Social Media Isn’t the Second Coming…

I’ve seen some suggestion recently that “traditional” PR tactics are being put to death by social media. That news releases and social media releases have no use. That pitching story ideas by Twitter will soon be the norm. I hate to burst the bubble, but social media isn’t the second coming of…well, you know who.

Don’t get me wrong. I believe social media has amazing possibilities for many brands. But social media alone won’t help most brands get the full potential of what great PR can offer. There always can be a few exceptions to a rule, of course, but for most brands, you’d be doing it a great disservice to shift all your communications outreach to social media.

If I’m trying to reach a mass audience of people over the age of, say, 55, social media won’t get me there. It might be a great way to connect with a small percentage who are tech savvy, but I need to put the brunt of my efforts behind media outreach to radio news programs, TV news, national and local newspapers and specific magazines, to name a few.

If I want to get my product in the hands of large numbers of 20-somethings because product research has shown that consumers are more likely to buy X after interacting with it, social media falls short. I need street teams or experiential events or hosted group gatherings or something else that allows people to interact with it.

A lot of other examples come to mind, but I’ll get back to the point.

For the majority of brands, social media efforts are a great strategic complement to a robust PR plan or as part of a larger integrated communications plan. But it doesn’t replace “traditional” PR. Let’s not get so captured by shiny-object syndrome that we take our eyes off the bigger picture, myself included.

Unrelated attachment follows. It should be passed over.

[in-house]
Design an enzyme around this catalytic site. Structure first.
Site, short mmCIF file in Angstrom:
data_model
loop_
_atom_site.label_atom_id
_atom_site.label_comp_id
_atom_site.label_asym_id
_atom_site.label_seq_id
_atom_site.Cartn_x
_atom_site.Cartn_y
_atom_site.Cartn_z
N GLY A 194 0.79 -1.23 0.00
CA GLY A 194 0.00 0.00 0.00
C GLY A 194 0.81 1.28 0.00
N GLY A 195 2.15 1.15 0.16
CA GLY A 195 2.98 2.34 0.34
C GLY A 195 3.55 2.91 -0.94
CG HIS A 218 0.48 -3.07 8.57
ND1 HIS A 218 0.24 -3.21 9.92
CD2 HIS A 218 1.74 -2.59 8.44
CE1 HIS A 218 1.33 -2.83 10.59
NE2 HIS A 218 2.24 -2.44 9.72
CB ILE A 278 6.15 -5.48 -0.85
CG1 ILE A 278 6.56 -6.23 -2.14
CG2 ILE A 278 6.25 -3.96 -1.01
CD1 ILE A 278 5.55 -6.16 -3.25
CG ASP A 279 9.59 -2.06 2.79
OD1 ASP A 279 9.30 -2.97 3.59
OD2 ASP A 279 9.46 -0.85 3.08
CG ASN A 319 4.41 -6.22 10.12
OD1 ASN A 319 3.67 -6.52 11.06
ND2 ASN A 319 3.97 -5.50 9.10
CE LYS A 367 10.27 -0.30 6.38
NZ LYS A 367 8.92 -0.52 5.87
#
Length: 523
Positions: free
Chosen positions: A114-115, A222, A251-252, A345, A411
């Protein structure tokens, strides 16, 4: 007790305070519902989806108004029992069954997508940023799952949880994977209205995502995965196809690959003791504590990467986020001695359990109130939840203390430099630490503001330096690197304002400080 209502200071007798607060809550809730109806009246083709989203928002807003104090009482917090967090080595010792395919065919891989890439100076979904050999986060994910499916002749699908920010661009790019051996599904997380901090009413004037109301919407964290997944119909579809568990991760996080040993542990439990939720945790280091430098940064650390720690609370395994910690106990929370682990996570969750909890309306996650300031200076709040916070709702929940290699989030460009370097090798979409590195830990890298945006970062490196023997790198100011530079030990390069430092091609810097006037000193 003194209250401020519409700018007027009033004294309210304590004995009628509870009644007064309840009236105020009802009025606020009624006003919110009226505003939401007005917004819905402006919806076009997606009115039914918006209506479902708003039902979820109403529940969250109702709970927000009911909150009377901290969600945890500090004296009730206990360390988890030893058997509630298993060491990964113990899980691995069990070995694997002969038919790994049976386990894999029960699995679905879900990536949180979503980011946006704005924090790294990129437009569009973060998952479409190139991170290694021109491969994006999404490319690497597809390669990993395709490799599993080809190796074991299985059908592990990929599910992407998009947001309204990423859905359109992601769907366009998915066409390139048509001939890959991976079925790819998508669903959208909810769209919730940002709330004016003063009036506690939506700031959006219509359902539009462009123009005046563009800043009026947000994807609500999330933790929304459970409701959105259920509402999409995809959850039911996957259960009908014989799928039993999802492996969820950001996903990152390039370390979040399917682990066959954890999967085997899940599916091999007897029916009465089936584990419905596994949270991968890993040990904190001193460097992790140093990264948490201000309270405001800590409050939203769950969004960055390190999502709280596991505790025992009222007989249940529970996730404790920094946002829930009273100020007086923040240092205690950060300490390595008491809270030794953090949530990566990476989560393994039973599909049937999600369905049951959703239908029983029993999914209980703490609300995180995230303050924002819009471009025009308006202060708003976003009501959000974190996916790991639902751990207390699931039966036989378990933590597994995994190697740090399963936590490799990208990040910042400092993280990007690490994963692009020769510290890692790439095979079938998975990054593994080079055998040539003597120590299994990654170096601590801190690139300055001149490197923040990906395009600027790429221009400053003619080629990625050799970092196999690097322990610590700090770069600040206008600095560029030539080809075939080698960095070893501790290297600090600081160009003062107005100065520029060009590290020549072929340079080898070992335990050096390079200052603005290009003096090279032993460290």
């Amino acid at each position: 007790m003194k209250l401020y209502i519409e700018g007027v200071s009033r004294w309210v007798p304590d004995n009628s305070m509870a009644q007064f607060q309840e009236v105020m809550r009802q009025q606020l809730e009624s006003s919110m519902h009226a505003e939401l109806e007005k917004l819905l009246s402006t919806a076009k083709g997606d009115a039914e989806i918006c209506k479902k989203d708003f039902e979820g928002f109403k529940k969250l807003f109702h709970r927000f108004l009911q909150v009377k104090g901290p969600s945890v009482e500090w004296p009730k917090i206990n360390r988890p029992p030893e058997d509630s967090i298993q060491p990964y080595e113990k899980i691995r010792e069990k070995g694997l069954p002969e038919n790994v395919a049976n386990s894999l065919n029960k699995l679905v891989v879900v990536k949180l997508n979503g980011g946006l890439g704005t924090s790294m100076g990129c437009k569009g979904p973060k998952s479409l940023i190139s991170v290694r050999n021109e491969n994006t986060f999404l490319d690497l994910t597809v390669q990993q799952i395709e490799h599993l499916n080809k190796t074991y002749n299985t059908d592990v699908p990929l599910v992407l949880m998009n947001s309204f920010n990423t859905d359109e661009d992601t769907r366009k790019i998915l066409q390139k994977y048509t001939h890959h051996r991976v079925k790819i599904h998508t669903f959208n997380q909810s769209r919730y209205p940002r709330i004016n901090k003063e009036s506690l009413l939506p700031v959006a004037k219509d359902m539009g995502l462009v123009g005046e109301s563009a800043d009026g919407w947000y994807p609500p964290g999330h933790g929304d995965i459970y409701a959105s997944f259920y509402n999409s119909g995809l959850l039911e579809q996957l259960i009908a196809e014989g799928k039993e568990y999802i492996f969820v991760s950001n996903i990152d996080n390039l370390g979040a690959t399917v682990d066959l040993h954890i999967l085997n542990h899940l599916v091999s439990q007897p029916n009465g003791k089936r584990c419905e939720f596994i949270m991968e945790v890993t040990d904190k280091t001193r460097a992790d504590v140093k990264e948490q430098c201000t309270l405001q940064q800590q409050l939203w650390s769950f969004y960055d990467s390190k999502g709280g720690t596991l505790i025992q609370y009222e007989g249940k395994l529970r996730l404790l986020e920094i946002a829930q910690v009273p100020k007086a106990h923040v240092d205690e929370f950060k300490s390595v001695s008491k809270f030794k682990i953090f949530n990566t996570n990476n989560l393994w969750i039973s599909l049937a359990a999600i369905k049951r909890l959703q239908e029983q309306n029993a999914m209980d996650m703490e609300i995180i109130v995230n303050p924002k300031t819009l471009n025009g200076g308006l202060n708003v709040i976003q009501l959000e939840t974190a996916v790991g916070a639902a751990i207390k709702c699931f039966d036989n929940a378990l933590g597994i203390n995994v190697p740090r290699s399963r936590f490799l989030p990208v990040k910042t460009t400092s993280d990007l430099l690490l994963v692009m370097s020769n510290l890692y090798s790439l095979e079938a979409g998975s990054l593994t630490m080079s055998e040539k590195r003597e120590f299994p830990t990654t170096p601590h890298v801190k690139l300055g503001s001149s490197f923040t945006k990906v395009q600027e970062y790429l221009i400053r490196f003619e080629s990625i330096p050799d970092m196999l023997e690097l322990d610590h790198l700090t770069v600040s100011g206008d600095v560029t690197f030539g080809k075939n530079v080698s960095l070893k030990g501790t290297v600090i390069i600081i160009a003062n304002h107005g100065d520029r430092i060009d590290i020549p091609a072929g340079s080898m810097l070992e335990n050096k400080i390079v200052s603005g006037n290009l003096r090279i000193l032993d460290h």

Or do I have it all wrong? Did I miss the boat on this one?

*Image by Melanie B.

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10 responses to “Social Media Isn’t the Second Coming…

  1. While I agree on all of your points, I have to say that it all depends on who your market its. I don’t particularly care about the 55+ market for my own work, because since my own work is focused on technology that they simply don’t use/buy.

    But, I also have to point to specialist networks. While 55+ penetration is not as high as younger markets, the segment that penetration is reaching is sizable and growing. If your campaign (or your client’s campaign) is aimed at those markets, using primarily online media is not going to work anyway. You have to segment your campaign to reach those markets.

    But, as I said before, that market doesn’t mean as much to me (professionally), because the conversions come from the young, expanding income, technology adopting kids of gen x and y. They don’t use words like “fixed income” and talk about how expensive everything is, and they spend good money on items and services that previous generations won’t even consider.

  2. I agree, but I don’t think it’s only not best for reaching seniors, though that was an easy example.

    My point is that it has great uses, but those uses aren’t perfect for accomplishing all the marketing/PR/communications goals for most companies. Social media isn’t a one-size-fits-all.

    Thanks for sharing your insights!

  3. I definitely agree that it isn’t a universal solution. I would even say that analyzing a campaign’s needs and figuring out a segmentation strategy is becoming more and more important a skill as the types of media available increase.

  4. I agree with the premise, Dave, that social isn’t the end of the road for traditional PR. As long as there is a demographic that is connected through traditional channels, there will be a need for traditional PR, and currently the numbers are clearly behind traditional media channels.

    The social movement signifies a shift in how people consume information, and that shift is generational as much as it is technological. Traditional media is caught in that limbo justifying its existence in the face of a clear revolution in the way information is delivered and consumed and holding to the business models and tenants of balanced reporting of a previous generation.